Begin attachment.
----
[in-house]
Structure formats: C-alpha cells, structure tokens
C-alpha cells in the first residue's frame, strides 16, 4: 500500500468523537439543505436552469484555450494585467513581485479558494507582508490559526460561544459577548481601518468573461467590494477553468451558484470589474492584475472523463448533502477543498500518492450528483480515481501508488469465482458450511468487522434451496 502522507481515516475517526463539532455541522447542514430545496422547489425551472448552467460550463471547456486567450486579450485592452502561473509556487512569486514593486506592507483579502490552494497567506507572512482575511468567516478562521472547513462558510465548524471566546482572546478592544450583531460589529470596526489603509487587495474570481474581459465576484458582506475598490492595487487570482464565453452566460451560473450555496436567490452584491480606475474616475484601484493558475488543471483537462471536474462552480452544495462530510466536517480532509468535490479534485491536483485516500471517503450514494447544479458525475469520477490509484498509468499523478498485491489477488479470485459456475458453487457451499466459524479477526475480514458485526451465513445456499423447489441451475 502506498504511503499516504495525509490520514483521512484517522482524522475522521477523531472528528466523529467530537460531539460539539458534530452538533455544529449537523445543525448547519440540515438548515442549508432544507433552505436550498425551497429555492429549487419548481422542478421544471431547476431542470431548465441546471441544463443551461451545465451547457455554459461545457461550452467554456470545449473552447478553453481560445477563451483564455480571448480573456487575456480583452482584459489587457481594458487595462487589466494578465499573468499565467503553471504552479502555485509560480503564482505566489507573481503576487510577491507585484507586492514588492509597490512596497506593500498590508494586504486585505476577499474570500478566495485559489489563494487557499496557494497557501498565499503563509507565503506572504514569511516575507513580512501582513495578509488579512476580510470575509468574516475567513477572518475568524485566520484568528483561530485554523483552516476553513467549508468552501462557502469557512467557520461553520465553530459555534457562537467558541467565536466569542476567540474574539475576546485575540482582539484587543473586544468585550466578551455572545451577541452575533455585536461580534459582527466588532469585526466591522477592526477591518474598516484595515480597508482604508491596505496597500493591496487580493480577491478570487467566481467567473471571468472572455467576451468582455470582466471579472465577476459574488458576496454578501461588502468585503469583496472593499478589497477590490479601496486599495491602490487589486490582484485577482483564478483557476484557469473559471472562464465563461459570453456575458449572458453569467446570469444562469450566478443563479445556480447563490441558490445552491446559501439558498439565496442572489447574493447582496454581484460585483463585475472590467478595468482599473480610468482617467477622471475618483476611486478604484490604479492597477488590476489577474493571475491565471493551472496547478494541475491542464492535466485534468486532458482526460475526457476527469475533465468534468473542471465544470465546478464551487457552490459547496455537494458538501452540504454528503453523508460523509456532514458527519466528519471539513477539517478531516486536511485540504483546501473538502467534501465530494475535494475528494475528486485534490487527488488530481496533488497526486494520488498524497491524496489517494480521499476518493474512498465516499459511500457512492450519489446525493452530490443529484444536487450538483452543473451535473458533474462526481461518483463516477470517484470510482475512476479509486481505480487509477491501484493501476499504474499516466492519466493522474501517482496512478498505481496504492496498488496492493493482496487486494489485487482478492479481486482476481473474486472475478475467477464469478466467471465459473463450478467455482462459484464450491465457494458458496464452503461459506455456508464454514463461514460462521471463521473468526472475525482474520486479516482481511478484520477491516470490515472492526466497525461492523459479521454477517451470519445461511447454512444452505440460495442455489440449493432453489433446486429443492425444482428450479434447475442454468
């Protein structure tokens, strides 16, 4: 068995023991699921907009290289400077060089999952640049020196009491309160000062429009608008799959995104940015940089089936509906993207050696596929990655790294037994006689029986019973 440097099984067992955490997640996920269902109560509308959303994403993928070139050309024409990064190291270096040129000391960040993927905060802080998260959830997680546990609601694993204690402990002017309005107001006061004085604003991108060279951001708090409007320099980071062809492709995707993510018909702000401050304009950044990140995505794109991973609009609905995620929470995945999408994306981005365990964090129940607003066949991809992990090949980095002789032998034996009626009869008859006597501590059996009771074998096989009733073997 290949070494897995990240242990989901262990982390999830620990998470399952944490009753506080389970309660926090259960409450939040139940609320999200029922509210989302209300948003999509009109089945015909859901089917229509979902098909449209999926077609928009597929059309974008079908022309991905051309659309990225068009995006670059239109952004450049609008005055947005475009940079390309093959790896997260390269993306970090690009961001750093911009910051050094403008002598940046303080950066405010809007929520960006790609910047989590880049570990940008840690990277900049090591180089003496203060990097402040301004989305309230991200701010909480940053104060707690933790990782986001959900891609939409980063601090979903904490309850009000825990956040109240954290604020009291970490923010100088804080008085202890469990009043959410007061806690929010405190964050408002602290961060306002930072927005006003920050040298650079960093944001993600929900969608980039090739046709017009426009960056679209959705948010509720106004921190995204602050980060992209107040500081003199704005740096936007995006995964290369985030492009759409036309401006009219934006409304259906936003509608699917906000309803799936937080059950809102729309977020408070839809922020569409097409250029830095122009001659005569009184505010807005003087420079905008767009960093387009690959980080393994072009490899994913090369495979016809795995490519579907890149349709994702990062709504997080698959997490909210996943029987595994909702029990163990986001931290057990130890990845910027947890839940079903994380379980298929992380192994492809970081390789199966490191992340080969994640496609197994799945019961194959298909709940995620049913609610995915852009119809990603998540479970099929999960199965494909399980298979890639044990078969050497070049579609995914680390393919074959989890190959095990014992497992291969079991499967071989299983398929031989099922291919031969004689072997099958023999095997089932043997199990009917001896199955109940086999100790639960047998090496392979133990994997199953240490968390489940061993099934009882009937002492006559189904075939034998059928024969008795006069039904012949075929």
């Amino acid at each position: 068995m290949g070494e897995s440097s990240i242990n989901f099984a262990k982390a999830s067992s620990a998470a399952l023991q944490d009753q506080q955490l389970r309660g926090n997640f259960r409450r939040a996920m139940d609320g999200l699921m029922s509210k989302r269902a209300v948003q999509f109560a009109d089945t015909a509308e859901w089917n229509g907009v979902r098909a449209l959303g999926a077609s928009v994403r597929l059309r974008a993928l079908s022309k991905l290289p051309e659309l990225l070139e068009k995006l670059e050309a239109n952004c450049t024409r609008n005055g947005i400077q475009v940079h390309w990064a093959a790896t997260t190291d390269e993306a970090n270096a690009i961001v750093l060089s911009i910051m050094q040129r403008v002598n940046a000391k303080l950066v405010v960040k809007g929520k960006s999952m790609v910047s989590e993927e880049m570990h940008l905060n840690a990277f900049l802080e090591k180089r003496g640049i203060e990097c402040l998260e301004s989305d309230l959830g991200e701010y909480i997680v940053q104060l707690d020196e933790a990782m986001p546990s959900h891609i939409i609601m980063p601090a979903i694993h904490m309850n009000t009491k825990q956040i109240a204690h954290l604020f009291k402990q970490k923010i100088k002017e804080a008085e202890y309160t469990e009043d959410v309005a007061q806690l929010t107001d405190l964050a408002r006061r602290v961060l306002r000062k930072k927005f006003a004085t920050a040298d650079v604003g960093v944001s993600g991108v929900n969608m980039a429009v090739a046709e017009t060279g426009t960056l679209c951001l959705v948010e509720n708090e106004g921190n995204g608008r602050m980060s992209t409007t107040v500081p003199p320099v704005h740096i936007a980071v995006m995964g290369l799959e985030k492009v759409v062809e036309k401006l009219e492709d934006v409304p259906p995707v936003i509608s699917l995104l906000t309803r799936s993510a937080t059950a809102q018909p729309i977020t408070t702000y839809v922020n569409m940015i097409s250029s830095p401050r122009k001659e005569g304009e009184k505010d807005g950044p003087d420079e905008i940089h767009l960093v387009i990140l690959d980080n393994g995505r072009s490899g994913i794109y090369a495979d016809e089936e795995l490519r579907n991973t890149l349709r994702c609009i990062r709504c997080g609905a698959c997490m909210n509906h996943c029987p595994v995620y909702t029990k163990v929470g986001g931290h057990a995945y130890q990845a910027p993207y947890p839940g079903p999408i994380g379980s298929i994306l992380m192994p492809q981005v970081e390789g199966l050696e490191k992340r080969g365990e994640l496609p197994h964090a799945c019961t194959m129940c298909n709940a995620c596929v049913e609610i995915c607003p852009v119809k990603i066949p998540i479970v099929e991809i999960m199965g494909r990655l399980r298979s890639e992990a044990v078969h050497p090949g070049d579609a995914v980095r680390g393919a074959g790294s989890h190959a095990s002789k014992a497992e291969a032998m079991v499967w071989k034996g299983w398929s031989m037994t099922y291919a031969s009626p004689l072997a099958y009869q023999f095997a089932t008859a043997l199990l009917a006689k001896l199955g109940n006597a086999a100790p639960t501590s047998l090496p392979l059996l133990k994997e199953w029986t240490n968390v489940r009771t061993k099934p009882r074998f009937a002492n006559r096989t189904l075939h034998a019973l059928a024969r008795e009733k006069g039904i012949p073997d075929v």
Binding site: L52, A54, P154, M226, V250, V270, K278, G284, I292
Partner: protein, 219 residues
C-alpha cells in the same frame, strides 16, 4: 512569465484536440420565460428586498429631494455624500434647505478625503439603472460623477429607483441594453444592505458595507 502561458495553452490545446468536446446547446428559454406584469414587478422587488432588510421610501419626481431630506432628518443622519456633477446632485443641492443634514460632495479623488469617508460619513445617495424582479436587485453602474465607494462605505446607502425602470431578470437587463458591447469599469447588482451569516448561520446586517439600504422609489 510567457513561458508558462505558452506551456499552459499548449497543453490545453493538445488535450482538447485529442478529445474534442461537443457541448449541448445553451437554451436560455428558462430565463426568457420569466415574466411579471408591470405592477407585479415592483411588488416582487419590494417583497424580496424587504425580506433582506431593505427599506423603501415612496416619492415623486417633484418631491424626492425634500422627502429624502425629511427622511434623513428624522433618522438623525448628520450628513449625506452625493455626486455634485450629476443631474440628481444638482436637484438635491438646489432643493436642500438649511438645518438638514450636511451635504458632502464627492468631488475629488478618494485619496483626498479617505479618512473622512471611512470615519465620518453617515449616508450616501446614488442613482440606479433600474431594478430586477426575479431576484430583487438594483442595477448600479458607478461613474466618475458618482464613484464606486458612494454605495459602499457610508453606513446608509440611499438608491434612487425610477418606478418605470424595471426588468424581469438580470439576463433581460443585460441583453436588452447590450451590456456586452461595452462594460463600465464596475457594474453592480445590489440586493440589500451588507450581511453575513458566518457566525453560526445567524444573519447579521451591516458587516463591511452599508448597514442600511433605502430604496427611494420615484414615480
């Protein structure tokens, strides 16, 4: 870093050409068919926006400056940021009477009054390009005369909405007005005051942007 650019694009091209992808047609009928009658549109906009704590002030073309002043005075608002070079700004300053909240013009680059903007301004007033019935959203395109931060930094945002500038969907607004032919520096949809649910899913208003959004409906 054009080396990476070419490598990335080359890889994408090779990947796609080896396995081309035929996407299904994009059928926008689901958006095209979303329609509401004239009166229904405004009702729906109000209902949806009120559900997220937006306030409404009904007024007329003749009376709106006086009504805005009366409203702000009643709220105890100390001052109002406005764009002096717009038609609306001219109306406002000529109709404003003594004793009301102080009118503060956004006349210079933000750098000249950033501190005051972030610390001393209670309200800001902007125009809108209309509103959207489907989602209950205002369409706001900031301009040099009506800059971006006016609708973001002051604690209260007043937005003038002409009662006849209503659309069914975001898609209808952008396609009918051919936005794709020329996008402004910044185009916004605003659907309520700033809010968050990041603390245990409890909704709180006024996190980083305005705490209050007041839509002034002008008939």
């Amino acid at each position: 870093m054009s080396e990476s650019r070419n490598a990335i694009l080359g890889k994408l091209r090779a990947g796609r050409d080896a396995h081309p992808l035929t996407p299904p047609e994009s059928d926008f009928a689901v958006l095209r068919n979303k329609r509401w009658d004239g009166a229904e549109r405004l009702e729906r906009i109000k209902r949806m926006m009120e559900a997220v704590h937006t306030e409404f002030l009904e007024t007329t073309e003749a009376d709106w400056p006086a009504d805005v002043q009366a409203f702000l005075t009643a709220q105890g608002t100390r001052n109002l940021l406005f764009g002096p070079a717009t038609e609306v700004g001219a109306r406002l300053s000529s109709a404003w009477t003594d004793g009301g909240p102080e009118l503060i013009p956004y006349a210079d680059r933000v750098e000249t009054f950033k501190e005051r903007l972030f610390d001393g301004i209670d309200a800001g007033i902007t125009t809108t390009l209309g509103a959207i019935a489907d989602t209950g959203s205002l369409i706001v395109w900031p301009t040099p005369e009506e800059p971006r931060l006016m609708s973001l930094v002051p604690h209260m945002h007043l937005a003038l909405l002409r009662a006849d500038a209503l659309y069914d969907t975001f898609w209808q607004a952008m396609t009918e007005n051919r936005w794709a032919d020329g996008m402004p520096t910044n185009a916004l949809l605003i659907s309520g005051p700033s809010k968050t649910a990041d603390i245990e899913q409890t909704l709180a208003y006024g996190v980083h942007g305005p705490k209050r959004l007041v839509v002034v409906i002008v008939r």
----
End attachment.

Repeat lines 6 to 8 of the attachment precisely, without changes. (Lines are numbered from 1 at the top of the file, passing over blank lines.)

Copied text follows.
Binding site: L52, A54, P154, M226, V250, V270, K278, G284, I292
Partner: protein, 219 residues
C-alpha cells in the same frame, strides 16, 4: 512569465484536440420565460428586498429631494455624500434647505478625503439603472460623477429607483441594453444592505458595507 502561458495553452490545446468536446446547446428559454406584469414587478422587488432588510421610501419626481431630506432628518443622519456633477446632485443641492443634514460632495479623488469617508460619513445617495424582479436587485453602474465607494462605505446607502425602470431578470437587463458591447469599469447588482451569516448561520446586517439600504422609489 510567457513561458508558462505558452506551456499552459499548449497543453490545453493538445488535450482538447485529442478529445474534442461537443457541448449541448445553451437554451436560455428558462430565463426568457420569466415574466411579471408591470405592477407585479415592483411588488416582487419590494417583497424580496424587504425580506433582506431593505427599506423603501415612496416619492415623486417633484418631491424626492425634500422627502429624502425629511427622511434623513428624522433618522438623525448628520450628513449625506452625493455626486455634485450629476443631474440628481444638482436637484438635491438646489432643493436642500438649511438645518438638514450636511451635504458632502464627492468631488475629488478618494485619496483626498479617505479618512473622512471611512470615519465620518453617515449616508450616501446614488442613482440606479433600474431594478430586477426575479431576484430583487438594483442595477448600479458607478461613474466618475458618482464613484464606486458612494454605495459602499457610508453606513446608509440611499438608491434612487425610477418606478418605470424595471426588468424581469438580470439576463433581460443585460441583453436588452447590450451590456456586452461595452462594460463600465464596475457594474453592480445590489440586493440589500451588507450581511453575513458566518457566525453560526445567524444573519447579521451591516458587516463591511452599508448597514442600511433605502430604496427611494420615484414615480